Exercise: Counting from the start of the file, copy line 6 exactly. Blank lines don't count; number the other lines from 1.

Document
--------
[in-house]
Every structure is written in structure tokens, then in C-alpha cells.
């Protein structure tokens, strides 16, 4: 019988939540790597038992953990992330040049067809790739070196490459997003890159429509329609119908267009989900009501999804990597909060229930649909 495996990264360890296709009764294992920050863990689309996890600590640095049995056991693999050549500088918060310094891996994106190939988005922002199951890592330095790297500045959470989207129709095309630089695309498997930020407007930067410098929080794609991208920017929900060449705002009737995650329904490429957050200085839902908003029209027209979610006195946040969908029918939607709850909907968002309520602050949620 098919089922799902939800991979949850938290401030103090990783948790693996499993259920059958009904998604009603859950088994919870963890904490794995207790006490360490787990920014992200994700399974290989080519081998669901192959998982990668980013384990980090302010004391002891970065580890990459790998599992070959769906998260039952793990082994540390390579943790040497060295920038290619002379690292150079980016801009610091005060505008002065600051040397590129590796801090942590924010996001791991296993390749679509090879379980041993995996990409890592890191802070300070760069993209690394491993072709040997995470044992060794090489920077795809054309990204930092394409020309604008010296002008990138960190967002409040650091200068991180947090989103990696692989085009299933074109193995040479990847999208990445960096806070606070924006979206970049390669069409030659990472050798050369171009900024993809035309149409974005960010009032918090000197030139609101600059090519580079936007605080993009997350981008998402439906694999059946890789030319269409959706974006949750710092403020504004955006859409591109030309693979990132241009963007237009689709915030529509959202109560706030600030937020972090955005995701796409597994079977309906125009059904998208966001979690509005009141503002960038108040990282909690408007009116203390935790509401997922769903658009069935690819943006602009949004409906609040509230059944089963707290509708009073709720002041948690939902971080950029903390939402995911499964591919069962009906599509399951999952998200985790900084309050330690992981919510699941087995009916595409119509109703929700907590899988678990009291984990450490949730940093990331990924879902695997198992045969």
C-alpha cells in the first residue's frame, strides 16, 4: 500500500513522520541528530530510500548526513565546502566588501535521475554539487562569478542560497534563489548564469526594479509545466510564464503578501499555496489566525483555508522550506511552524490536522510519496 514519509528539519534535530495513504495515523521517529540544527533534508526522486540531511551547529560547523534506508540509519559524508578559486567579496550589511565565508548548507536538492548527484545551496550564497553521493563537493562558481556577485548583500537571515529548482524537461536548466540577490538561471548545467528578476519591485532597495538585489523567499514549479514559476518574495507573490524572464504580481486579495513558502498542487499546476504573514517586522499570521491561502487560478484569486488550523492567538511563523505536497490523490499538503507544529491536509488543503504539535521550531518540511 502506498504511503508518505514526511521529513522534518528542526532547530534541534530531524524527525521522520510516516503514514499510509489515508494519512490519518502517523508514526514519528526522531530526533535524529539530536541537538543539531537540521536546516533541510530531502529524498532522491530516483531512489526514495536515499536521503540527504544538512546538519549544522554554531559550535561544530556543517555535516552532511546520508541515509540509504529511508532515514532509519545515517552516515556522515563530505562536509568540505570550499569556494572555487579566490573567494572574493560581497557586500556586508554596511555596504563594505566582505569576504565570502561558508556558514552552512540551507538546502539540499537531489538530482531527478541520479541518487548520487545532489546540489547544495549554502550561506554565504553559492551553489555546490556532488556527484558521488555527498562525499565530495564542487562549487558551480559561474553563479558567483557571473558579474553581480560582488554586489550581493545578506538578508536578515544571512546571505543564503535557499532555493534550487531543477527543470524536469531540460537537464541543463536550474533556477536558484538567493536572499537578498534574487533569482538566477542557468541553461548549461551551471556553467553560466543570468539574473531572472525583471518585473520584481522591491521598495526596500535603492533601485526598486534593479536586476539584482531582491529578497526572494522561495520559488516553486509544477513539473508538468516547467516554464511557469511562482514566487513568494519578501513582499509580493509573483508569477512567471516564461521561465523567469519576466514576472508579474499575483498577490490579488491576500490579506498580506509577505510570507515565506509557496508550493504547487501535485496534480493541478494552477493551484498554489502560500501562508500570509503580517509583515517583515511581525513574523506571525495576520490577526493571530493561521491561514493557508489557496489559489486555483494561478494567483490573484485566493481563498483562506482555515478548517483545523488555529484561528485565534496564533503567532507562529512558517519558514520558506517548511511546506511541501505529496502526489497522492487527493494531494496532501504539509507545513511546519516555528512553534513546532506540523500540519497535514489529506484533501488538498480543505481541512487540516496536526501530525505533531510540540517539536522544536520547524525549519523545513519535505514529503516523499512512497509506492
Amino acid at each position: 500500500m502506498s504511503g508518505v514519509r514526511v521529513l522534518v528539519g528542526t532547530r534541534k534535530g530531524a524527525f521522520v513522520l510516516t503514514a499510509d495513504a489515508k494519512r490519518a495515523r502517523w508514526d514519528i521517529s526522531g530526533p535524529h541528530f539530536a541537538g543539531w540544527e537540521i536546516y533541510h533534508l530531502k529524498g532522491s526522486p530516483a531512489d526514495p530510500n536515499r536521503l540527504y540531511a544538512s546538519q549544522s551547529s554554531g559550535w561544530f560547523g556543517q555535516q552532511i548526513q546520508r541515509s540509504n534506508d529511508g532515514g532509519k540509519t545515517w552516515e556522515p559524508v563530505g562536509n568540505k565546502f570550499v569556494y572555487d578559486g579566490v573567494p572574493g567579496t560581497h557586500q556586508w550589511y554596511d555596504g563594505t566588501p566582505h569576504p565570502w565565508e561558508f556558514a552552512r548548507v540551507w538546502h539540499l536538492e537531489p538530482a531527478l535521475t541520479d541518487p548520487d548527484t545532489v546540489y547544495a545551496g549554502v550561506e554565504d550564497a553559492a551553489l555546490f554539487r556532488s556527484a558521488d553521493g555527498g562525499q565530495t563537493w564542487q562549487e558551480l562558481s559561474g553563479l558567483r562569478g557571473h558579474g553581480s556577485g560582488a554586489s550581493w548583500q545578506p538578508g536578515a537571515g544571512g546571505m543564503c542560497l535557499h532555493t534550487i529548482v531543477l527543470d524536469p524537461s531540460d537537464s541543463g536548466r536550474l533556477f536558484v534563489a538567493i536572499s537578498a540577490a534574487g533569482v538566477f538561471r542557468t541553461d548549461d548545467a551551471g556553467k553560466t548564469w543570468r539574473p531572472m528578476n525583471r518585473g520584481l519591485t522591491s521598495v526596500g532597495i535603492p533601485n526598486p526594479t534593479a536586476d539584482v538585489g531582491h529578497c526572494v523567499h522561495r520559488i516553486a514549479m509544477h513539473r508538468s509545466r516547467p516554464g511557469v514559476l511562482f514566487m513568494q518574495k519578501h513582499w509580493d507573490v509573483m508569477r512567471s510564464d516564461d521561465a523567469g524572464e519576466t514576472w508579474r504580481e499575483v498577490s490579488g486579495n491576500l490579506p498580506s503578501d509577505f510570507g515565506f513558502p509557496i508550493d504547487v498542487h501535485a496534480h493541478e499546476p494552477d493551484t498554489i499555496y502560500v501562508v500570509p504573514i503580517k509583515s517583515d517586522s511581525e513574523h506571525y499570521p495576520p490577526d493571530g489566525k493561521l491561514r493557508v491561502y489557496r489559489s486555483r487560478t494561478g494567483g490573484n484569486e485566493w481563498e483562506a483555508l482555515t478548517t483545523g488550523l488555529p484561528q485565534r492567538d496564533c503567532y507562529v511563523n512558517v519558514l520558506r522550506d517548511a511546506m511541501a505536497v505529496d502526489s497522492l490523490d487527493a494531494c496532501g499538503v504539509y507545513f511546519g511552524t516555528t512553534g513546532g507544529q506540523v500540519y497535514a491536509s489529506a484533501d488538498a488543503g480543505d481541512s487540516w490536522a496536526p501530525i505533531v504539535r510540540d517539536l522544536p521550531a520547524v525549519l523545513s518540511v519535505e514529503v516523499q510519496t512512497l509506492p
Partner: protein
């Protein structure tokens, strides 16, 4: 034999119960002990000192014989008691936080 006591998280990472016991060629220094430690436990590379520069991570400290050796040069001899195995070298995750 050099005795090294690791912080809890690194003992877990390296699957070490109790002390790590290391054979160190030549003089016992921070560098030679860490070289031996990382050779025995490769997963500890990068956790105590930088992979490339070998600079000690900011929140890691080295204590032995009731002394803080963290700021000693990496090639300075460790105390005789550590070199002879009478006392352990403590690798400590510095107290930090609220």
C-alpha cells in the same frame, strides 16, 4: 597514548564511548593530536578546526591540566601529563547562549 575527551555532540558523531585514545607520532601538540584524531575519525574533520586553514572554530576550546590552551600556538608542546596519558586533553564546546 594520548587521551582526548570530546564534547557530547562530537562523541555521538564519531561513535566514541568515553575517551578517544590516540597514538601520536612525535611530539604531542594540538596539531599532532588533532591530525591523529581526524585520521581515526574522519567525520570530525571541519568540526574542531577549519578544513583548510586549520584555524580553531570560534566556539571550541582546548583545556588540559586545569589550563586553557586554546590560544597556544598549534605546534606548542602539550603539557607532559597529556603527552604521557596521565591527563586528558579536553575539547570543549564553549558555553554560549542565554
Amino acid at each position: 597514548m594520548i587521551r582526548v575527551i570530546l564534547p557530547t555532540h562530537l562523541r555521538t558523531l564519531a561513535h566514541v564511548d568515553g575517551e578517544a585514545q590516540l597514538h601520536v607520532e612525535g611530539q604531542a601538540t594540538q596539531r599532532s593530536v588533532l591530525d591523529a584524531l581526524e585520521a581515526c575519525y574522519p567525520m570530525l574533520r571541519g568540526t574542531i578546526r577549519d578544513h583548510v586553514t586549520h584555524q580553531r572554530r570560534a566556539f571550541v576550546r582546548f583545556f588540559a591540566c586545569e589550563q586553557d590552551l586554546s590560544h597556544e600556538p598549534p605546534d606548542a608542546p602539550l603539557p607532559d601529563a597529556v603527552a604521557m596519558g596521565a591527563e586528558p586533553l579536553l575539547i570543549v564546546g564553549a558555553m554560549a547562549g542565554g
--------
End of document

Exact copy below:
Partner: protein